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Billingsley talks medical battles, safeguarding his Christian character

RUSTON, La. (BP) – Charles Billingsley has faced several medical battles, but with each trial he remained focused on praising God who eventu­ally gave him victory, he shared with the Baptist Message in an exclusive interview, Jan. 23.

In 2007, Billingsley nearly lost his voice after a blood vessel burst on his vocal cords, leaving him with a polyp and unable to sing for several months. Then, in 2020, he spent Easter quarantined with COVID. Through those times, Billingsley said he rediscovered God’s gift of worship.

“I remember I went up into the Blue Ridge Mountains (in 2007) and sat at a picnic table when I was reading a book by my friend David Jeremiah called ‘A Bend in the Road,’ and I couldn’t make any noise,” he said while at the 2024 Louisiana Baptist Evangelism Conference.

“But it’s crazy because in the midst of all that reading I was just crying out to God asking Him to heal my voice that I would be able to sing again. And in the middle of reading — while I was out in the middle of the woods — this big old huge maple leaf just came and landed right smack dab in the middle of my Bible, right as I was crying out to the Lord. And I just felt like the Lord was basically using that little falling leaf to remind me that He’s ever present, He’s ever sure, that He was going to heal my voice, and that I would have a new season of power and wor­ship more than ever. And sure enough, it happened.

“And then several years later I ended up in the hospital with COVID and once again the Lord just kind of renewed my heart and spirit on this whole gift of worship because my voice was fine this time,” he said. “But this time, I couldn’t get the air in my lungs. And once again God just showed me how dependent I am on Him for everything, even the smallest thing in our lives, like taking a breath of air. And it reminded me again of how Jesus is so right when he says, apart from me, you can do nothing.

“In COVID, not only did he finally heal my body but what he healed first was my spirit and my soul,” he continued. “And once again I had to learn how to worship the Lord all over again. You don’t learn how to worship the Lord from a mountaintop. You always learn how to worship the Lord from the depths of the valley.”

Blessed career

Billingsley’s career has included time as a lead vocalist for Grammy-nom­inated group NewSong, appearing at more than 3,200 concerts, recording 24 songs as a solo artist and landing seven No. 1 inspirational radio hits.

He said he never dreamed he would have such a fulfilling career that began off a dare from his friends to sing in high school.

“I honestly wake up every day still shocked and surprised that this is what I get to do for a living,” he said. “It’s funny because even the very first time I sang that first solo in front of all my peers something felt very natural about it. And so, it’s just been what I’ve done.

“But over the years, you don’t really get tired of the work, but you do get tired in the work. And sometimes you can have discouraging nights or be a part of a conference or something that didn’t go like you hoped and all that. But honestly, I enjoy every second of it, I enjoy every note that I get to sing. And I’m very grateful, specifically for the Southern Baptist Convention, because it is truly these Baptist churches that have been so incredibly faithful to me, that it has given me longevity in my career, and I’m very grateful.”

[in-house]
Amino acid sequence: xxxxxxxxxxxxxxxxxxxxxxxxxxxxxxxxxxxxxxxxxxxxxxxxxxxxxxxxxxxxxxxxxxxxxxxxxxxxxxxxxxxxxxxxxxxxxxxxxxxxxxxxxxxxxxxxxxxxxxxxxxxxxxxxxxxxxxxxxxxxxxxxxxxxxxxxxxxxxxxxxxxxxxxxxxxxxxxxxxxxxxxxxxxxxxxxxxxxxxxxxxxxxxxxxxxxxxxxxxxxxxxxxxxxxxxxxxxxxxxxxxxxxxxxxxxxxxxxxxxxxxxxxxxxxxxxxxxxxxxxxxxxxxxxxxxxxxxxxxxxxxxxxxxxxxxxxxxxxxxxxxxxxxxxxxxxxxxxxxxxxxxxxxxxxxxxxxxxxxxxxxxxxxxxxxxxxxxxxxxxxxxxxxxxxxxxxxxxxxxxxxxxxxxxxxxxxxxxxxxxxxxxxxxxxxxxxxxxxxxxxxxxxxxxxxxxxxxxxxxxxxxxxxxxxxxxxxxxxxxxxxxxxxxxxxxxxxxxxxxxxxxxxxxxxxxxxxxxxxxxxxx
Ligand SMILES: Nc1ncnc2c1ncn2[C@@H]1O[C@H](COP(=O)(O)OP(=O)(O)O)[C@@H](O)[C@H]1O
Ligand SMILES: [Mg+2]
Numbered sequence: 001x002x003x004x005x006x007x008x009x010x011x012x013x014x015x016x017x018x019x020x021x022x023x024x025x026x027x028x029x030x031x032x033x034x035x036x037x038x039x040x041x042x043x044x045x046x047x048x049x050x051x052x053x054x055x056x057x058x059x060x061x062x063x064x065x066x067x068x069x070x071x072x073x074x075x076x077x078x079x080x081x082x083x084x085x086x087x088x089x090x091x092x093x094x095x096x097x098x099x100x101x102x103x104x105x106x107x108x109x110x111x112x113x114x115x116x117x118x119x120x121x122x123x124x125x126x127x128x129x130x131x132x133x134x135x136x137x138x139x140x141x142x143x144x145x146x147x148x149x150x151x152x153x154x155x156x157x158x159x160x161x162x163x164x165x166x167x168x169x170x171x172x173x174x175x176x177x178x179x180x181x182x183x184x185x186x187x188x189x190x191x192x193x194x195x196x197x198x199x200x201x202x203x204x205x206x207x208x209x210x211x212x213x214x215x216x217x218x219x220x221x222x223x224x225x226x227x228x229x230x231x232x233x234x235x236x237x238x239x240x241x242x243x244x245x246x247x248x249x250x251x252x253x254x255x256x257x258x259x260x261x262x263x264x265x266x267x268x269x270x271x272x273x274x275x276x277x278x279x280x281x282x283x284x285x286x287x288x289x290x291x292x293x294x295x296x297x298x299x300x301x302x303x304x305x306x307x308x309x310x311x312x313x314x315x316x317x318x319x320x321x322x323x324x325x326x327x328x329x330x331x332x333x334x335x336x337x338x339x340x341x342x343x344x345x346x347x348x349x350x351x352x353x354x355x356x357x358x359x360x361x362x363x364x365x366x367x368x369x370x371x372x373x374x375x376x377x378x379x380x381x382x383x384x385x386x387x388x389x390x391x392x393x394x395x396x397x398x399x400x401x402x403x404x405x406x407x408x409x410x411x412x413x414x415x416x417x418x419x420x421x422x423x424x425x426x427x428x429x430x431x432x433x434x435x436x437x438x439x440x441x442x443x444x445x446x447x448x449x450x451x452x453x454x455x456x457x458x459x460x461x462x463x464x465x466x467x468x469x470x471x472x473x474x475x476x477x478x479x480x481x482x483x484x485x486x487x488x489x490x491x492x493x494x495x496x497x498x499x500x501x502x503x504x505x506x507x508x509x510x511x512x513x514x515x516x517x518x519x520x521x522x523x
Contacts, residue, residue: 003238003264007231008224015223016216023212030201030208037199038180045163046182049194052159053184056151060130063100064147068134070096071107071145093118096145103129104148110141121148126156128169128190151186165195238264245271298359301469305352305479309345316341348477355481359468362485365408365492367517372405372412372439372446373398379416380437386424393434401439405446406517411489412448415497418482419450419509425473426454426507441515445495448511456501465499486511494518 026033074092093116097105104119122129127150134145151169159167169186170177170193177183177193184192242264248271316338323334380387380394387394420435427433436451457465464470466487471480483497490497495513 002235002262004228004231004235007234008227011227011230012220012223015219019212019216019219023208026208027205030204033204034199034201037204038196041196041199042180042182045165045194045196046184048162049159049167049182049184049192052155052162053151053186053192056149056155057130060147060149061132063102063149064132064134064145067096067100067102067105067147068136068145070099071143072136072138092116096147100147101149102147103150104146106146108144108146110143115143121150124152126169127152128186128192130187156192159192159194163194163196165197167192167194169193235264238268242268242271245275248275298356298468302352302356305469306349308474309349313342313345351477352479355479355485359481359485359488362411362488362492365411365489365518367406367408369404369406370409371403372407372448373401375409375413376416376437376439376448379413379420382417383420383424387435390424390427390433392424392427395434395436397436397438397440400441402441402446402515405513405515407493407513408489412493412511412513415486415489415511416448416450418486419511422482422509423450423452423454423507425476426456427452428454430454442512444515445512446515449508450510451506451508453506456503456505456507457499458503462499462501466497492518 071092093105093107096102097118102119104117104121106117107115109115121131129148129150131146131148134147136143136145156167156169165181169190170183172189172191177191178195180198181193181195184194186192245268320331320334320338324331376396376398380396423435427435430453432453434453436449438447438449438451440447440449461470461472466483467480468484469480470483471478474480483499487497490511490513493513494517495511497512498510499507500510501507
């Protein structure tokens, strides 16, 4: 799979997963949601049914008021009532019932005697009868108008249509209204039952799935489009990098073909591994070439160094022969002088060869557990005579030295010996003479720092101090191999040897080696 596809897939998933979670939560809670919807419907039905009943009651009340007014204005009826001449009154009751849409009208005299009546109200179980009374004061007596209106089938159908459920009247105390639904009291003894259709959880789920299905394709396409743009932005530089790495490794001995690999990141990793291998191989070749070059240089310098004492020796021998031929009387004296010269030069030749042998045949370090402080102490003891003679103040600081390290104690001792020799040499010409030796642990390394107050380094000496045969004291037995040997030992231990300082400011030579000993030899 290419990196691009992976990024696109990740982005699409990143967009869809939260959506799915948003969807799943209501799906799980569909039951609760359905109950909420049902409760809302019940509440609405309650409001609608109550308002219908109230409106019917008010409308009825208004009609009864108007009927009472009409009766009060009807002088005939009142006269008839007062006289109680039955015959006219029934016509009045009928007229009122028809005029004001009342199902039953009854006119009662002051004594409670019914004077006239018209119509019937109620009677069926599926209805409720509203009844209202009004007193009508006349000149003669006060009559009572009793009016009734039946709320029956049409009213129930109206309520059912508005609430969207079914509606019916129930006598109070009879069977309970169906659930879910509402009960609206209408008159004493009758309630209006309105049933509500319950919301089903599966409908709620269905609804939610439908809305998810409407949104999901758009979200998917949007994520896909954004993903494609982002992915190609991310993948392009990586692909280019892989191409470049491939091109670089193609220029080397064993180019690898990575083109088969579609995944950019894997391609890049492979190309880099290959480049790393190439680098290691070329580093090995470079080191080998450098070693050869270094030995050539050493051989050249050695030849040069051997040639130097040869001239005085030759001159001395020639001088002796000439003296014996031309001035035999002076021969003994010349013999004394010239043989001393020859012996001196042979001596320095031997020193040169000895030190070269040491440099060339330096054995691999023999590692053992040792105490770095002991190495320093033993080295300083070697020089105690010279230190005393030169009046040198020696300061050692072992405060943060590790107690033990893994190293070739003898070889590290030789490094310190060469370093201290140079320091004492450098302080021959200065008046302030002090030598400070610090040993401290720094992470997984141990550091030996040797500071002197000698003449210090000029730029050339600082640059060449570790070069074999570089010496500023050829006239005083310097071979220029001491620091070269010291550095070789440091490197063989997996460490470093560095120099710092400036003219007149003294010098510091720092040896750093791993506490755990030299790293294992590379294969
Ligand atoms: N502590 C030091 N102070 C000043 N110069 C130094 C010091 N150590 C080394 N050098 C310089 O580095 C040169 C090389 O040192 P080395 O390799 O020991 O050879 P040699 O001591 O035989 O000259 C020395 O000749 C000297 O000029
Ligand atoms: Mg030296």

Guarding his Christian witness

When he is on the road, Billingsley has instituted safeguards to battle temptations.

“There’s a boundary in my life that is an imaginary line around my life that I just keep, and I don’t allow myself to go outside those boundaries,” he said. “Once it’s a principle in your life, and you get used to abiding by those principles, and you really begin to consider the cost and the price that you pay personally if you do go outside of those boundaries, then you have to ask yourself is it really worth that if I do this?

“I’ve had all kinds of opportunities to mess up, but thankfully, the Lord’s kept me from it,” he continued. “But I think the main thing is you have to keep those guardrails up especially in two different situations. First of all, when you’ve had a great victory, like after we have a huge night or a big conference. That’s when you tend to throw down your guard and when Satan is likely to attack. Also, when you’re heavily fatigued or tired, these are also moments when Satan is on his attack. So, I have to be very careful in those two instances every time I’m on the road to make sure that my guard is up, and that I am well defended and protected in those moments.”

Balancing life on the road, family time

When his two sons were younger, Billingsley was on the road up to 230 nights a year and nearly lost his family. But Billingsley said he hired a life coach, who helped him balance life on the road and at home.

“He helped me find some balance and things are much better now,” he said. “But I tell you, the secret to that deal is learning how to say ‘No’ to the good things so that you can say ‘Yes’ to the best thing. And that is probably the hardest challenge I ever had in my life. My wife, Shae, helps me determine which ones are the best things and which ones are the good things.”

Prayers needed

Billingsley asked for prayer that he would re­main pure and holy before God.

“Another thing would be to pray for my family and work balance and for the health of my voice and ministry so that I can have quite a bit of longev­ity. I don’t plan on quit­ting anytime soon.”

This article originally appeared in the Louisiana Baptist Message.

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